By: Garland Davis
There are differences between old ships and the newer ones of today’s Navy. Every generation of sailors…each crew of a ship creates memories, loyalty and love of the Navy based on their experiences. It’s probably been that way since Noah put to sea with a shipload of animals in the great flood…probably always will be.
Sailors are linked…Each generation to the preceding and following one by uniforms we wore, the histories of battles and wars fought, and the pride in being a sailor that swells our chests. We were members of a group that will forever set us apart…We were sailors in the United States Navy.
The way they are churning the seabag now, I doubt if an old sailor would recognize a modern sailor as a shipmate in the same Navy.
We each have our memories of the ships and stations, of shipmates and foreign shores. Those memories, collectively, are our history… The history of the ships we rode, the friends we made, the wars we fought in service to the country we represented.
Today’s ships are wonders of modernization. They have evolved into push button wonders that operate with a minimal crew. There are gun mounts without crews and submarines without periscopes. With crews peopled by male and female. Yep Shipmate, you heard that right, female sailors. The Lesbians in the Women’ Rights organizations have finally succeeding in invading one of the last male sanctuaries; the United States Navy afloat. With no more “Don’t Ask, Don’t Tell”, there are now Rump Rangers and Gap Lappers in the berthing compartments.
Today’s sailors live in a comfort that we couldn’t envision on the old haze gray steel that we crewed throughout endless deployments and gun line periods. They have abundant water, air conditioning, room to move around, closed circuit TV, up to date programming. We were happy to get fresh milk, an occasional shower, and the James Bond flick with Ann Margaret for the fifteenth time during a WestPac.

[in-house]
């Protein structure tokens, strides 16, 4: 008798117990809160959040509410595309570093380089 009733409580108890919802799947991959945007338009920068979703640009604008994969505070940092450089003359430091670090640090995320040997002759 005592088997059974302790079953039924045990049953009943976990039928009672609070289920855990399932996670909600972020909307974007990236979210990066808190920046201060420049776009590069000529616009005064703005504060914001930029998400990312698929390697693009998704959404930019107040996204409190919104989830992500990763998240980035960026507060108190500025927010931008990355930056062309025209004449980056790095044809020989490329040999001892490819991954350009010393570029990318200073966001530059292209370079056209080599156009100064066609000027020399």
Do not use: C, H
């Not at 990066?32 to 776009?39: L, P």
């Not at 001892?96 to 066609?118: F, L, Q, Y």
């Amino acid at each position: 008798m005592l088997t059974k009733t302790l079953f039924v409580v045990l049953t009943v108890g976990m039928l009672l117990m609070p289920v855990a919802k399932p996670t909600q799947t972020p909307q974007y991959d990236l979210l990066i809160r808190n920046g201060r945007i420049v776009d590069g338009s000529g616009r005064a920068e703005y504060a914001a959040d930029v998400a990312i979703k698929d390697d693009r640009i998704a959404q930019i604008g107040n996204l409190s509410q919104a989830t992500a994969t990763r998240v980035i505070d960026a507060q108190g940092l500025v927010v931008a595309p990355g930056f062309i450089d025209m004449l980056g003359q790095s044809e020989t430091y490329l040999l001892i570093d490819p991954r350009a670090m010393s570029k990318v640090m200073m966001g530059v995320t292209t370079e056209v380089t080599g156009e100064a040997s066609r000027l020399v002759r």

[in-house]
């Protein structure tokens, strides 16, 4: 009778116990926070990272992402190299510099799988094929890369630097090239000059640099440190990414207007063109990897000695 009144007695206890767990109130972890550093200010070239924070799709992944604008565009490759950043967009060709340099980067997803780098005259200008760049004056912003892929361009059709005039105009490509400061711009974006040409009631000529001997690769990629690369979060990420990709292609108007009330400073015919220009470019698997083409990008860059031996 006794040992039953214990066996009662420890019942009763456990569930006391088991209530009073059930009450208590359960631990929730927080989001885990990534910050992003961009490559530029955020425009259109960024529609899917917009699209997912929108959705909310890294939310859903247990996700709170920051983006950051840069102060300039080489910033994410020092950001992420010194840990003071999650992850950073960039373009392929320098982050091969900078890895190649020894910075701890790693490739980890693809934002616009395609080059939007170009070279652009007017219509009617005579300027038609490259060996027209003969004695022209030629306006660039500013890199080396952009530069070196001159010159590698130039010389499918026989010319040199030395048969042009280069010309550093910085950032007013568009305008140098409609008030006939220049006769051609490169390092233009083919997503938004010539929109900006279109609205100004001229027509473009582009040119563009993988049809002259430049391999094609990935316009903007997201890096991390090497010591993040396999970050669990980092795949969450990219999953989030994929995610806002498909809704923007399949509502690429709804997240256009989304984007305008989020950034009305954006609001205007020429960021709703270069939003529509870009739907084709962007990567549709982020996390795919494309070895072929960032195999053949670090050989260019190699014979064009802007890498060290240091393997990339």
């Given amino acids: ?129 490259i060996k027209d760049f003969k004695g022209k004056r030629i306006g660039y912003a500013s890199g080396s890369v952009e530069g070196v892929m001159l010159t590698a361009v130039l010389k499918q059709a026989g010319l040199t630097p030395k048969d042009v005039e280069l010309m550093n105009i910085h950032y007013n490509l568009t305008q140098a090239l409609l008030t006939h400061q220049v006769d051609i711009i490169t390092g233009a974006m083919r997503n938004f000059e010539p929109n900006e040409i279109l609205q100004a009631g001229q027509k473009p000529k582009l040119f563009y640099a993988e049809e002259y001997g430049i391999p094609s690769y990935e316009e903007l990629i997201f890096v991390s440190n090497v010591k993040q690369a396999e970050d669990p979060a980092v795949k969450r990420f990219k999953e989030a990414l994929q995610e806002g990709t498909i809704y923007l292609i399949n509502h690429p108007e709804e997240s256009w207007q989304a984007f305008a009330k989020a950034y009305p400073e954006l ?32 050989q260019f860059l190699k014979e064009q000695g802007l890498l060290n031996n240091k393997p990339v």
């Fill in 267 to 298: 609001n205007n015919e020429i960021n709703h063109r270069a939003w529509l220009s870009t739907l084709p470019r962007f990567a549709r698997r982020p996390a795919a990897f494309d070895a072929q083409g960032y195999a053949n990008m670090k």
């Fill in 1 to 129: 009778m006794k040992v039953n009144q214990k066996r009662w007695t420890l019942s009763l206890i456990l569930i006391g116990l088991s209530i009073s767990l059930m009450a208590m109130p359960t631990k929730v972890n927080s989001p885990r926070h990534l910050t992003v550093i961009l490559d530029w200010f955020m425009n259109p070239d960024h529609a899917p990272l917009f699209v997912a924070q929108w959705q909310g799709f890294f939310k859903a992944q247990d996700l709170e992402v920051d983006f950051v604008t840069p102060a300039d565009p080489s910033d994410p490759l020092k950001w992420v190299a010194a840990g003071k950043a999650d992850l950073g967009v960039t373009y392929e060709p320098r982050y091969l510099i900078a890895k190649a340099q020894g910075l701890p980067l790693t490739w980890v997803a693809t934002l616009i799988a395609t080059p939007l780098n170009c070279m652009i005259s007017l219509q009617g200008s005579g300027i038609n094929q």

We thought computers and ‘wrist radios’ were figments of the imaginations of science fiction authors and the artists of Dick Tracy. Now sailors can stroll topside if close inshore, pull a playing card sized implement from their pocket and call any place in the world.
After UNREP’s we waited impatiently for mail call hoping to get a piece of paper from someone we cared for or someone who cared for us. Now there are no longer Postal Clerks. The modern day sailor goes to a computer, logs on and checks to see if anyone has cared enough to send an e-mail. With FaceBook and other social sites, the modern day sailor has friends around the world. Our closest friends usually slept in the same stack of racks.
As I sit here typing this, I wonder of what the memories of the modern sailor will consist. Will he remember the chipping of paint…Will he remember the pride he had in his ship as it entered port squared away and ship shape? Or will he have his mind on the Enginemangirl sleeping on the other side of the bulkhead, wondering if he has a chance of getting into her skivs?
Do Chiefs still cuss you like the demons of hell and then come by to see you in the hospital with a stack of magazines? Do they still offer to loan a broke sailor a few bucks for liberty? Do they still ask if you have started shaving yet as a way of telling you that, you look like shit and ‘go shave?’